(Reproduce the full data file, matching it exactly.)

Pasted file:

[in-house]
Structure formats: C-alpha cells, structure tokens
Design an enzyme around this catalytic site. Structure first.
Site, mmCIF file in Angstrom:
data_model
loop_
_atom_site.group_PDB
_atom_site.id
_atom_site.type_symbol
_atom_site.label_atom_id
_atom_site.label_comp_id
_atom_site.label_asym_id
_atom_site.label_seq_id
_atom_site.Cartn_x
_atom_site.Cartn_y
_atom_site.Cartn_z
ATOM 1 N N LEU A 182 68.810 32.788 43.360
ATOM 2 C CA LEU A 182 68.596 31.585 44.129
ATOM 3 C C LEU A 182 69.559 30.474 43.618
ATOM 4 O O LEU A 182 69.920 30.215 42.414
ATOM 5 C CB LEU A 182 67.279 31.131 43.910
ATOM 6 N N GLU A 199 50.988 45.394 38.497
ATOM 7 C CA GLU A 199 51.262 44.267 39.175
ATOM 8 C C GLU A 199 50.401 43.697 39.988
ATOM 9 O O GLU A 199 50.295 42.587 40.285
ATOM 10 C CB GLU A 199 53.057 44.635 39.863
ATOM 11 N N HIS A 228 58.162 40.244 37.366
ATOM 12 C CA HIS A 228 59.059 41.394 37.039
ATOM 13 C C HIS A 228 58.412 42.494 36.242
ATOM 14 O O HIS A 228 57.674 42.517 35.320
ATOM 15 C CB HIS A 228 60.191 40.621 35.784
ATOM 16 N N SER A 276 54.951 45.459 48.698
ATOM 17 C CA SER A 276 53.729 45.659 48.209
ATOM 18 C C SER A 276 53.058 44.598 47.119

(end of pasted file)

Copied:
[in-house]
Structure formats: C-alpha cells, structure tokens
Design an enzyme around this catalytic site. Structure first.
Site, mmCIF file in Angstrom:
data_model
loop_
_atom_site.group_PDB
_atom_site.id
_atom_site.type_symbol
_atom_site.label_atom_id
_atom_site.label_comp_id
_atom_site.label_asym_id
_atom_site.label_seq_id
_atom_site.Cartn_x
_atom_site.Cartn_y
_atom_site.Cartn_z
ATOM 1 N N LEU A 182 68.810 32.788 43.360
ATOM 2 C CA LEU A 182 68.596 31.585 44.129
ATOM 3 C C LEU A 182 69.559 30.474 43.618
ATOM 4 O O LEU A 182 69.920 30.215 42.414
ATOM 5 C CB LEU A 182 67.279 31.131 43.910
ATOM 6 N N GLU A 199 50.988 45.394 38.497
ATOM 7 C CA GLU A 199 51.262 44.267 39.175
ATOM 8 C C GLU A 199 50.401 43.697 39.988
ATOM 9 O O GLU A 199 50.295 42.587 40.285
ATOM 10 C CB GLU A 199 53.057 44.635 39.863
ATOM 11 N N HIS A 228 58.162 40.244 37.366
ATOM 12 C CA HIS A 228 59.059 41.394 37.039
ATOM 13 C C HIS A 228 58.412 42.494 36.242
ATOM 14 O O HIS A 228 57.674 42.517 35.320
ATOM 15 C CB HIS A 228 60.191 40.621 35.784
ATOM 16 N N SER A 276 54.951 45.459 48.698
ATOM 17 C CA SER A 276 53.729 45.659 48.209
ATOM 18 C C SER A 276 53.058 44.598 47.119